The news that a lawyer was “temporarily remanded…over his failure to submit promised evidence…[and] spent a few minutes in the holding area for prisoners on Wednesday” (SN September 30) is indeed disturbing.  Police Legal Adviser Mandel Moore had failed on several occasions to provide a video to a Magistrates’ Court presided over by Magistrate Leron Daly who had taken the action against him, as reported by SN. This is a rare case of a lawyer being “remanded.” But threats to ‘jail’ lawyers by those who purport to dispense justice are not isolated occurrences. It occurs with frightening regularity for trivial reasons. Lawyers, especially young lawyers, are unlikely to confront legal rulings in the course of a trial or ask a magistrate or judge to recuse himself or herself for bias or the appearance of bias, for fear of a charge of contempt in the face of the court and imprisonment. This is based on living experiences.

This Damoclean threat against lawyers undermines the foundation of justice and the rule of law. It can breed fears among lawyers that are not conducive to a robust defence of the interests of citizens seeking justice. The intimidatory potential of rude and threatening justice officials is aggravated by the genuine fears of lawyers that a complaint will generate continuing hostility and adverse decisions when they again appear before those same officials. Thus, unrestrained, the few who feel that appointment to the bench invests them, not with humility, but with untrammeled power, do not hesitate in seeking to suppress contrary or impassioned opinion with rudeness or threats. The few, generally low achievers in dispensing quality justice, are a threat to the integrity of the justice system. 

There is a well-established culture of courtesy that flourishes in legal practice. This culture becomes more noticeable the higher the level of the court. It is not that at the magistrates’ level courtesy is not practiced. But the rapid turnover of cases and the vast amount of contentious matters that have to be dealt with by magistrates and lawyers appearing before them, can easily erupt into disputatious exchanges, or generate enough tension to propel a magistrate, or even a lawyer, over the edge. However, for a person in authority in any branch of the justice system to seek to win an argument by jailing, or threatening to jail, or being rude, to the person on the other side, smacks of abuse of power. The view that appointment to a position that involves the dispensation of justice invests the appointee, not with the humility of service, but with the power of peremptory fiat, is or should not be acceptable.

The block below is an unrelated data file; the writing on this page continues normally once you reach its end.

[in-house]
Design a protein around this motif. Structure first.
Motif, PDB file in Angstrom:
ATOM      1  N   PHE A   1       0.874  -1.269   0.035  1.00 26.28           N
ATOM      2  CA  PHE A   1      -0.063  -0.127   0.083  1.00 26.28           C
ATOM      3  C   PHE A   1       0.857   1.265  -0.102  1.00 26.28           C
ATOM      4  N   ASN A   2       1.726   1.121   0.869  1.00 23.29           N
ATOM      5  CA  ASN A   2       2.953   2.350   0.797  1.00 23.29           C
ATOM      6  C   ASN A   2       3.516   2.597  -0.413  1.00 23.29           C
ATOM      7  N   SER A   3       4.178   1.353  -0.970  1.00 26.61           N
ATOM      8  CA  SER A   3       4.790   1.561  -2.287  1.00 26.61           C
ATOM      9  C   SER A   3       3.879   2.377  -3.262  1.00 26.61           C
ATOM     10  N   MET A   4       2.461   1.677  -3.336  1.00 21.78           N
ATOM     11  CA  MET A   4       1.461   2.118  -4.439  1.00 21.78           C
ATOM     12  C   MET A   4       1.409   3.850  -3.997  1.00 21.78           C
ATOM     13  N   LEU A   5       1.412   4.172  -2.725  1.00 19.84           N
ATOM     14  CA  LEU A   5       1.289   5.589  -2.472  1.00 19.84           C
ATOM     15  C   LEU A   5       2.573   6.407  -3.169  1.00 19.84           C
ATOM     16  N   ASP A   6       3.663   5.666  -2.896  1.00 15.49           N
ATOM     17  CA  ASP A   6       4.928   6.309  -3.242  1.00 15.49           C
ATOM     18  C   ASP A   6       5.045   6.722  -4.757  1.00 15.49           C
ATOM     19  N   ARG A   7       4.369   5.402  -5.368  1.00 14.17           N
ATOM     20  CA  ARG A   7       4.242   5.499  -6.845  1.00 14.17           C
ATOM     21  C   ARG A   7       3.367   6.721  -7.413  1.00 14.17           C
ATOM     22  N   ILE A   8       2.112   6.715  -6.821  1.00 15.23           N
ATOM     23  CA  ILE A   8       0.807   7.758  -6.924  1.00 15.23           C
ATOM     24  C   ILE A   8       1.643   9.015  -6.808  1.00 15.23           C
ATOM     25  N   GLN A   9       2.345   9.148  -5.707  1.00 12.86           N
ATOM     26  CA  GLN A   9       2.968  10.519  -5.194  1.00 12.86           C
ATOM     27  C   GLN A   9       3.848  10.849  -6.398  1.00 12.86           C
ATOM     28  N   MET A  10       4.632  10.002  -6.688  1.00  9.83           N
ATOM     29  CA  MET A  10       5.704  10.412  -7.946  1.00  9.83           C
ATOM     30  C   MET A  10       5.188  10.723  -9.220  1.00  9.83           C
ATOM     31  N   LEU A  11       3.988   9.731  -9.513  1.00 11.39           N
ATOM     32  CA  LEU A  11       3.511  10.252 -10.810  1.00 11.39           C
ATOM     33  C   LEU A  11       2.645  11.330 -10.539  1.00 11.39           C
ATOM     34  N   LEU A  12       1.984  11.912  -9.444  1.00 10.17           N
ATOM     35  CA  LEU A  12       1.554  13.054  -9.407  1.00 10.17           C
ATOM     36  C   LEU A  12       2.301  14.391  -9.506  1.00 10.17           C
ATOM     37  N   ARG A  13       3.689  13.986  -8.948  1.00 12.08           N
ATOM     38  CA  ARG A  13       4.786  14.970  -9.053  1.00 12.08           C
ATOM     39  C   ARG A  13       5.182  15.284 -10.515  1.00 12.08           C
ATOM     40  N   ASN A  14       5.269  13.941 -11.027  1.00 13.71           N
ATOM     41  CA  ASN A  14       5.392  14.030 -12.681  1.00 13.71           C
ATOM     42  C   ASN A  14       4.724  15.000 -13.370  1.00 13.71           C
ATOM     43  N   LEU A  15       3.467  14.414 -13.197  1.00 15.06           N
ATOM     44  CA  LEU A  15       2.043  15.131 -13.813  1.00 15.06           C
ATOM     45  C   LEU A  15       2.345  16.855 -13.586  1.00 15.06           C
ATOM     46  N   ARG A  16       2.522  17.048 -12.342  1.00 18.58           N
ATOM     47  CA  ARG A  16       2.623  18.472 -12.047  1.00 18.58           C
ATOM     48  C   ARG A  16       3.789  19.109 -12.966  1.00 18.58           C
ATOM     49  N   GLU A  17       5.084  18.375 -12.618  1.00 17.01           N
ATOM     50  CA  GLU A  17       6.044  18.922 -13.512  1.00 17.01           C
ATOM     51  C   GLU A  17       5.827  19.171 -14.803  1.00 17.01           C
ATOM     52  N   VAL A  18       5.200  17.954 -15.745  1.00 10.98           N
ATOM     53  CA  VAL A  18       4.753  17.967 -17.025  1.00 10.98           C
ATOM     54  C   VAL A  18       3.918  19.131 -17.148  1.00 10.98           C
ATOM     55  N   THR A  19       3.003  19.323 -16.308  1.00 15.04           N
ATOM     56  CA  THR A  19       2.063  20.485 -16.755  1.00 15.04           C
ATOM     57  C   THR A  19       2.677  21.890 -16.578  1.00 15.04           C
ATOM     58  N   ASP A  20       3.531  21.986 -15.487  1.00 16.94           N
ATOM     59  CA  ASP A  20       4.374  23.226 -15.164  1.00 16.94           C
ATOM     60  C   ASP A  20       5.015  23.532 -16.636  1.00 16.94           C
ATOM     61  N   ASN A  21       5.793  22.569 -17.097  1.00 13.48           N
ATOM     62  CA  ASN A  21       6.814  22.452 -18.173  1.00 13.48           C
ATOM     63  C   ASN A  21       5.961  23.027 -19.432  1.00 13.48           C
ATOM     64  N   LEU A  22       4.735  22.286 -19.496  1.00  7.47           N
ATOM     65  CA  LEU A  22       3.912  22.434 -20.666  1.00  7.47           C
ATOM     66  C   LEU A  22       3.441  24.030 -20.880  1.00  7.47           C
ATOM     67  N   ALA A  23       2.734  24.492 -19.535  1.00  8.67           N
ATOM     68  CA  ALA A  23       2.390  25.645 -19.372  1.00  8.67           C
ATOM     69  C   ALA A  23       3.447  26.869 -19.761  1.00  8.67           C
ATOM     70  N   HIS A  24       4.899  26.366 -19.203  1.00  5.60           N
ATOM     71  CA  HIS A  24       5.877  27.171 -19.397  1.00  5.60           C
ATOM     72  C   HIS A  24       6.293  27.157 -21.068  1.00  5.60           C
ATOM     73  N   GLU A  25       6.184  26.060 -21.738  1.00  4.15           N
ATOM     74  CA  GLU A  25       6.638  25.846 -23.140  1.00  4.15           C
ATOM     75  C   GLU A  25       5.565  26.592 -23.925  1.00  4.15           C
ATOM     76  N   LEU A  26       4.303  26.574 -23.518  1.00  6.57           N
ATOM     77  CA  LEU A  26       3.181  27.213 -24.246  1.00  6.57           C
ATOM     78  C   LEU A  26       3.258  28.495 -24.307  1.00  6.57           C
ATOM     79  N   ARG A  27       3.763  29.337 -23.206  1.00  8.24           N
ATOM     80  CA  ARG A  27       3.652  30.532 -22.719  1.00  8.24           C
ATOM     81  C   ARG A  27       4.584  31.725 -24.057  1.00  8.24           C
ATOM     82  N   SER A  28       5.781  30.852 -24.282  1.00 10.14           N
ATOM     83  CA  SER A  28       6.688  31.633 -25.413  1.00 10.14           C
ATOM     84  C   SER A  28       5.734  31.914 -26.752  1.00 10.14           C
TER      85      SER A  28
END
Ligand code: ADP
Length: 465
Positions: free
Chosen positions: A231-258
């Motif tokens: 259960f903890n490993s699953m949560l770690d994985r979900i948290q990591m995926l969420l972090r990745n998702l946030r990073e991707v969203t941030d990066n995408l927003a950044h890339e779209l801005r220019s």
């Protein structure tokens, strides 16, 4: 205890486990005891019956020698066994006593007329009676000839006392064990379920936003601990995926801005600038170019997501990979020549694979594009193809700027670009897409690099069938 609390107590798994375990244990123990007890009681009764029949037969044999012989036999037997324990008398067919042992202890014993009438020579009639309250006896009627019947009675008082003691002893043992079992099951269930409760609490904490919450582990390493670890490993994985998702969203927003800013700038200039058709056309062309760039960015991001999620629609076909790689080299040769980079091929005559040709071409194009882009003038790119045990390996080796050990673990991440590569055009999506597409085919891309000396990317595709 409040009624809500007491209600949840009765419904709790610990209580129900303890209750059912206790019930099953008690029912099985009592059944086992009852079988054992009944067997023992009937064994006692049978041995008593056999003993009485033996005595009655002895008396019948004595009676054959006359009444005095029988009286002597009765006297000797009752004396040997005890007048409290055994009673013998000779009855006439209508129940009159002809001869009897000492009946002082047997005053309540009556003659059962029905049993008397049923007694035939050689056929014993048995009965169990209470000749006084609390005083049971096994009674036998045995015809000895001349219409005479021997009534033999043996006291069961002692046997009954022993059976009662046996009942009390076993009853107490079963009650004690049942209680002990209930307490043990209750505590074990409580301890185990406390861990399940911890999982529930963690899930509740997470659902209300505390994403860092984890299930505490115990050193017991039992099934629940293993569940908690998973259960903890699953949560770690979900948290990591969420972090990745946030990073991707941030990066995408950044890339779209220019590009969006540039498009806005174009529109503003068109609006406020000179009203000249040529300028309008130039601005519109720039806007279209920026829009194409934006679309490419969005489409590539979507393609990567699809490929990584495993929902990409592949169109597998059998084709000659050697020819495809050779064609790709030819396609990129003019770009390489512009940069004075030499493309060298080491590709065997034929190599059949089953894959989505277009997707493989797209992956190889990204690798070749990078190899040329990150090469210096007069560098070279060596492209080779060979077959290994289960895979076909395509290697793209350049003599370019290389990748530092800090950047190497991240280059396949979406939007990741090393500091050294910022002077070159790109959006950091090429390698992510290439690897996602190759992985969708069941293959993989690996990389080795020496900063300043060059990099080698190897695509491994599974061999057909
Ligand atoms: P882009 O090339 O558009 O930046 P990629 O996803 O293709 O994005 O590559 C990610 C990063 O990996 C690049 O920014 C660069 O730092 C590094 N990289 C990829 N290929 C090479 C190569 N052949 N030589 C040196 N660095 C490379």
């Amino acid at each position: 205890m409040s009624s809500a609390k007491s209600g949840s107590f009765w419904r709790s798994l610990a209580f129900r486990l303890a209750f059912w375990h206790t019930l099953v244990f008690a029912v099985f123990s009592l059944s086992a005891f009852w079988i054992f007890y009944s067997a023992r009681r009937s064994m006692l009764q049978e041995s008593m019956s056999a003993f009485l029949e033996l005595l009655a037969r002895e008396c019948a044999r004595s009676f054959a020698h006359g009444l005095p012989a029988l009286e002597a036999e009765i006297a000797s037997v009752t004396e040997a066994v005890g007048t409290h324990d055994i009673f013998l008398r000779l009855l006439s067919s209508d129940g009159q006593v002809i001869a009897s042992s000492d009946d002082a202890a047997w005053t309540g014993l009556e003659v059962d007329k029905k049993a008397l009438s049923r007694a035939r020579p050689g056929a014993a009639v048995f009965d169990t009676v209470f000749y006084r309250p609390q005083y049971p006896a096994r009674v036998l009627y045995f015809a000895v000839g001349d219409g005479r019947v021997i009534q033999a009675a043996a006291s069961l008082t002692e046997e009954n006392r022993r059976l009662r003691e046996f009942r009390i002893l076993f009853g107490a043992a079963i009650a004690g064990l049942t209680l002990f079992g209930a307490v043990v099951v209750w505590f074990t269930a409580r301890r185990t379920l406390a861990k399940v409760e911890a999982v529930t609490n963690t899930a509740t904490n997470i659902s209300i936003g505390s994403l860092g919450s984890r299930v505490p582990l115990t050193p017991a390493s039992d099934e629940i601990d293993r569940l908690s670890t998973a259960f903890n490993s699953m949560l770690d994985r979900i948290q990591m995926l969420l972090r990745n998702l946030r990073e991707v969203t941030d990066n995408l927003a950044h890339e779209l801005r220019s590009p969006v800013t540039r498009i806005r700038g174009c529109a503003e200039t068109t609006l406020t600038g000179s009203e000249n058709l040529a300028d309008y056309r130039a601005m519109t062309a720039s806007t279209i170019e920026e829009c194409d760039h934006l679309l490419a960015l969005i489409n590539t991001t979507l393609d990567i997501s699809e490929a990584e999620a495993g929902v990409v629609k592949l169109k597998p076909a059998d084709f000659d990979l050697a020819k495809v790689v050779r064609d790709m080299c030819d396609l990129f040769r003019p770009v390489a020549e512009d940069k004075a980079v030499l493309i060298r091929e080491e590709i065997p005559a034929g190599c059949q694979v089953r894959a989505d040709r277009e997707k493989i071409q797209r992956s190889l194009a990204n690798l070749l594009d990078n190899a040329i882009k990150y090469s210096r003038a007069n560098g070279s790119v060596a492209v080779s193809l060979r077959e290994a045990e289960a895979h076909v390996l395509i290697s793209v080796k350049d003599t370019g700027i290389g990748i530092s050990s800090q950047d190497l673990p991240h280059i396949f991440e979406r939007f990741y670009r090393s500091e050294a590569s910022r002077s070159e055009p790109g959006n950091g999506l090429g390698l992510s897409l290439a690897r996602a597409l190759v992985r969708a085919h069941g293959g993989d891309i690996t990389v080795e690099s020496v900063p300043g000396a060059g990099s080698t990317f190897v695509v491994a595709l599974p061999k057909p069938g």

There is another aspect. Shortly before retiring as President of the Supreme Court of the United Kingdom, Lord Neuberger gave a lecture: “The Grace of God is in Courtesy” (October 2016) in which he said: “However, as a consumer, whether as a citizen reading newspapers and listening to the news, or as a Judge, listening to the arguments in a legal case, I have no doubt that but insults and rudeness detract from the quality of the argument and therefore from the reliability of the outcome. And as a former barrister, and thus as a participant rather than as a consumer, I felt similarly. It made for a smoother running of the case and for greater concentration of the essential substantive and procedural issues involved in the case, if there was mutual cooperation and respect between all the lawyers, and the Judge, involved in the case.” In 2017 I witnessed Lord Neuberger apologizing profusely to a lawyer who had appeared before the Supreme Court and was on the losing side in a case. The court had grilled him extensively, but politely, on the arguments that he was advancing, and for that Lord Neuberger felt the need to apologise.

What Lord Neuberger said might not be directly relevant to the issues before us. But his statement underlines the importance of courtesy on the part of both lawyers and judges in the practice of law and the decision-making process. It enhances the quality of justice. Judges of our Court of Appeal and the Caribbean Court of Justice have always set the examples of courtesy in the legal profession. This happens even in cases in which the issues are vigorously pursued and the Judges’ questions are extensive and penetrating. When they are not, the impact is so dramatic that headlines ensue. Not to mention the traumatic effect on the threatened lawyer. Non-controversial matters in the Magistrates and High Court not newsworthy so that journalists not present. Nevertheless, the effect on the lawyer involved is no less impactful. What is lost by arrogant and rude behaviour is greater concentration on the essential issues involved in the case, as suggested by Lord Neuberger.

Whether or not the conduct of Mr. Moore constitutes contempt in the face of the court which is the only basis on which his liberty can be curtailed, and, if so, whether or not he was given an opportunity to be heard, are relevant issues. So too is whether the Chancellor legally can and, if so, should assign the case to another magistrate. But these are not matters within the remit of this article.

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